Thursday, March 11, 2010

Disappearing Ink

Usually, ballpoint pens, even gel ink pens don’t do much for me. Granted, I don’t try every new design or model that comes out, especially in Tokyo, where new pens are released often enough to keep your head spinning. And that’s probably why some stationers plan regular research and buying trips to this stationery Mecca. But I do like to browse in the tiny stationery shop nearby just to get an idea of what’s popular, and what new stuff Pilot and Mitsubishi have come up with.

The resident stationery lady, Mrs Mima, told me this morning that their big seller these days is the Pilot Frixion erasable gel ink pen. This is not really a new pen, and there are reviews of it going back as far as 2008, but after looking at some of those reviews I can only think that Pilot has upgraded this design recently, since some of the complaints I read about are no longer an issue.

Right off the bat, the feeling is that, here is a pen from a highly ranked company with vast experience, offered at only $2.50, in a choice of three sizes and 24 colors of creamy smooth gel ink, that is also erasable. The price is a big selling point for this pen, and adding that to the options of size and ink colors, well…let us not be too quick to bite the hand.

The Frixion gel pen comes in 0.4, 0.5 and 0.7. I’d say that is a generous choice of sizes for the asking price. Many of us like a thin line, but I find the 0.4 line to be a smidgen too thin. Still, I imagine there are many who will find this thinness just right. The 0.7 produces more the kind of line I am comfortable with.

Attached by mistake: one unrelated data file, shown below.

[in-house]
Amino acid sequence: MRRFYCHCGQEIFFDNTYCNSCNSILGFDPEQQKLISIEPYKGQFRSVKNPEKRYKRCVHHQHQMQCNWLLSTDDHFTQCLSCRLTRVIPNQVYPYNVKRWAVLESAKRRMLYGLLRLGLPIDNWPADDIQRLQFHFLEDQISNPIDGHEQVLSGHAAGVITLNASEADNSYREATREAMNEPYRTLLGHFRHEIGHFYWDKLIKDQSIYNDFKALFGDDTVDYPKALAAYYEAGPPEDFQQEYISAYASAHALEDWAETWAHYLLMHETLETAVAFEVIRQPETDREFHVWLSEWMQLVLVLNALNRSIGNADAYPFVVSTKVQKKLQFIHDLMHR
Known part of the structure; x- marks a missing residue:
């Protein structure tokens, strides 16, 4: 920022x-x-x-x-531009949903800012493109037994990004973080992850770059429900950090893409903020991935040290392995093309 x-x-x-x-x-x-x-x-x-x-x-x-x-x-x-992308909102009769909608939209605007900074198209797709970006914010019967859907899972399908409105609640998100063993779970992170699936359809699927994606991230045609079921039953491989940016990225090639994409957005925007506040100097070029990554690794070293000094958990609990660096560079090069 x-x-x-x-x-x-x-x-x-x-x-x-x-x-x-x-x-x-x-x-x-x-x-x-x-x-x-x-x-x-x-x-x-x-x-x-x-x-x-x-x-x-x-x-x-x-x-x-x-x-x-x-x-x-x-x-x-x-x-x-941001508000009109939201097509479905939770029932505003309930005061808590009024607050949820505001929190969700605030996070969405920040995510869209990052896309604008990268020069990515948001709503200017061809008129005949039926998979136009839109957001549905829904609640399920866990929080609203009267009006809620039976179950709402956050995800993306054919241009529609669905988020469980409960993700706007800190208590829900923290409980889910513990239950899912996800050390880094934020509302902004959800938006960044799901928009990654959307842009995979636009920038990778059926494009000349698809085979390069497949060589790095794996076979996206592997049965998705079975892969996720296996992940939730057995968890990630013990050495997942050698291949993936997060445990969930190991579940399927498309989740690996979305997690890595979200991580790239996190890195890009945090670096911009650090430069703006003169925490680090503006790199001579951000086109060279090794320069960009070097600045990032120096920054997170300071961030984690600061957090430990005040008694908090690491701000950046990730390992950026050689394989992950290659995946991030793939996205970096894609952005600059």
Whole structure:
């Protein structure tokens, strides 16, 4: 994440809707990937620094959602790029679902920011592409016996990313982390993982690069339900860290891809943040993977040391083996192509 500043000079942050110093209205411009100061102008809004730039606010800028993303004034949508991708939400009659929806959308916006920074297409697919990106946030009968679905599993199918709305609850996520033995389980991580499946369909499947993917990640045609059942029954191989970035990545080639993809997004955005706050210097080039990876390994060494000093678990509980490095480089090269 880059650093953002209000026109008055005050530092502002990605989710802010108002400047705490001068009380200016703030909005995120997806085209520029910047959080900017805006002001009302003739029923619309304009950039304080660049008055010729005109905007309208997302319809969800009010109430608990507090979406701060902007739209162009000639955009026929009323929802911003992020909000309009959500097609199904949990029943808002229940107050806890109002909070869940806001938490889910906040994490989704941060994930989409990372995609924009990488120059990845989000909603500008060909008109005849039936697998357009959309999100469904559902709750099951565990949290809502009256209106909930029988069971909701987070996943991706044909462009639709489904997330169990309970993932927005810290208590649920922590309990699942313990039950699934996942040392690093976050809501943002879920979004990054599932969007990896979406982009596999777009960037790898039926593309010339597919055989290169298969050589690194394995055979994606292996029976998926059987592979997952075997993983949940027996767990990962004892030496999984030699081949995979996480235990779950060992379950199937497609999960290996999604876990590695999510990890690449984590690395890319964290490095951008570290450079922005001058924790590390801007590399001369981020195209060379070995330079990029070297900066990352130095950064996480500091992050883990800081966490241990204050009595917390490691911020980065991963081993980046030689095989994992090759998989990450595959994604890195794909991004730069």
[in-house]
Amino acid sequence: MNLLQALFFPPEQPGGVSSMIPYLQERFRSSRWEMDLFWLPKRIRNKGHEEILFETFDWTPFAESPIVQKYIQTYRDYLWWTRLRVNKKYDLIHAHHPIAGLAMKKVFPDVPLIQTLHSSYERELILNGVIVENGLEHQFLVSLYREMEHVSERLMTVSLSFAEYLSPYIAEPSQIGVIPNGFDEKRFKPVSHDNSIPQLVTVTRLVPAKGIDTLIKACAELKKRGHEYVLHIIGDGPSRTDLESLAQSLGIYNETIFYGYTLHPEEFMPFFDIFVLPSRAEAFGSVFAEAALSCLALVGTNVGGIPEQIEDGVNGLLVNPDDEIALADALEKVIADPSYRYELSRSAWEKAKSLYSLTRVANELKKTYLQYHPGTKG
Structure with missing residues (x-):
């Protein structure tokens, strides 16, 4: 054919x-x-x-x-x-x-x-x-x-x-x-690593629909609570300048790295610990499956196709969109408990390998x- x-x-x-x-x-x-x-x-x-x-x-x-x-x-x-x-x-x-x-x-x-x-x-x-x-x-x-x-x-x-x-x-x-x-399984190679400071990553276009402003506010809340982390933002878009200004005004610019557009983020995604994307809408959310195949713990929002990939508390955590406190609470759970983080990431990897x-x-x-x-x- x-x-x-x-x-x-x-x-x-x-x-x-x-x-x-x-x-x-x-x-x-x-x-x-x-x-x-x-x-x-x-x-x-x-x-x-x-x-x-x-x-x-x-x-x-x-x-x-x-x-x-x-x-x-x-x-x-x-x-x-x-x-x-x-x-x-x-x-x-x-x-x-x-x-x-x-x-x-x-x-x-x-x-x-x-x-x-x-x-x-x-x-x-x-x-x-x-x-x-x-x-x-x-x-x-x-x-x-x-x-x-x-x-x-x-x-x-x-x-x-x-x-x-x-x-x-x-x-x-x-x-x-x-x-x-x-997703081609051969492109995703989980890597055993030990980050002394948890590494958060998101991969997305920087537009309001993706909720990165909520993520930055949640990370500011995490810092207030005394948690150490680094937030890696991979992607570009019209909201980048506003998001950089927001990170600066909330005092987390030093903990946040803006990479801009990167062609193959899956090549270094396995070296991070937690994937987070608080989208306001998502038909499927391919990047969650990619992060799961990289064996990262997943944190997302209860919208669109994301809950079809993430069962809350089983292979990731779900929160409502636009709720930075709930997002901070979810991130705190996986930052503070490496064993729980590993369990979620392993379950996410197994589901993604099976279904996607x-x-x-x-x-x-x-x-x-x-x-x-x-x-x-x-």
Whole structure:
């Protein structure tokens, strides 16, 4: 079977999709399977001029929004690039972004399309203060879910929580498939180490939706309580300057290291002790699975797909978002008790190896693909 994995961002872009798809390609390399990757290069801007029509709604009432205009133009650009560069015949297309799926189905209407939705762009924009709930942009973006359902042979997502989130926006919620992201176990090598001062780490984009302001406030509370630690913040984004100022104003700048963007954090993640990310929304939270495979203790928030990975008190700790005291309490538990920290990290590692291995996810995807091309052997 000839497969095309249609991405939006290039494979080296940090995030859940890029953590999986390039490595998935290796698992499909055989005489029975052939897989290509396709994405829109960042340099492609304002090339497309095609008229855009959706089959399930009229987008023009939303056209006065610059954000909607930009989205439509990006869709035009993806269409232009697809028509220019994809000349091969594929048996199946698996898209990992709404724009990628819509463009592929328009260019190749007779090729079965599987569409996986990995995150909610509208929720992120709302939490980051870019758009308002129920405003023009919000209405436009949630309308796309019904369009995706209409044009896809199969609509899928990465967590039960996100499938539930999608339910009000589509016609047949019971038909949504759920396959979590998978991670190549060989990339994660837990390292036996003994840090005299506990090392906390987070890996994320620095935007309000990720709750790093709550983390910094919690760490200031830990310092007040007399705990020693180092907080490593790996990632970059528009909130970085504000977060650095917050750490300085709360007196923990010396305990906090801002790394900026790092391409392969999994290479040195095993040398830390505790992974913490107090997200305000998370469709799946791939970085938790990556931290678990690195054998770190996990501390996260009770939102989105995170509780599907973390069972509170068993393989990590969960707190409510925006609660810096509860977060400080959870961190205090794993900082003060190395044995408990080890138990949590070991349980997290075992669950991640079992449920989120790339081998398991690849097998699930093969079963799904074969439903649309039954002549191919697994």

Three years ago, there was some disappointment with the way the Frixion pen eraser worked. Some complained that it dented the paper or didn’t erase cleanly. I never tried the earlier model, but if there was a problem, it appears to have been corrected. The first thing you must understand is that erasure is not the result of vigorous rubbing, but a matter of heat generated by friction of the ‘eraser’ rubbing against the paper; it is the heat that removes the ink. The video embedded below shows precisely how the heat factor works. Others remarked that the eraser did not work well on textured paper. Smooth, un-textured paper is probably the best bet with the Frixion pen, but still I was able to get a clean erasure on high-quality textured Crane stationery. Easier on smooth paper, but not too bad on textured paper. Again, it must be related to light friction (heat) rather than pressure.

There was another complaint that the eraser was inconveniently placed on the Frixion pen, that removing the cap to get at the eraser is bothersome. There are now Frixion pens with the eraser situated at the top of the cap, which takes care of that problem. I have two types here in front of me: One is the Frixion Ball LFB-20F-Black, and if posted, the cap must be removed to use the eraser. The second is a Frixion Iro-enpitsu LFP-13F-F10, with the eraser set at the top of the cap. Both pens are 0.7 gel ink pens, but for some reason Pilot attached the name Iro-enpitsu (color pencil) to the LFP model. In any case, Pilot has at least put out one model with a conveniently placed eraser.

The odd thing about the Pilot Frixion erasable gel ink pen is that the ‘eraser’ will never wear away, will always be the same size, but the ink will definitely run out in time. One comment criticized the pen for coming with too little ink, but I cannot add my experience to that since I have used mine for only one day.

For those who enjoy gel pens, and like to have a variety of them in a wide range of colors, then the Pilot Frixion erasable gel ink pen is one you will want to try. And as Bob Barker used to say, “The price is right!”

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Oak Hill, Florida, United States
A longtime expat relearning the footwork of life in America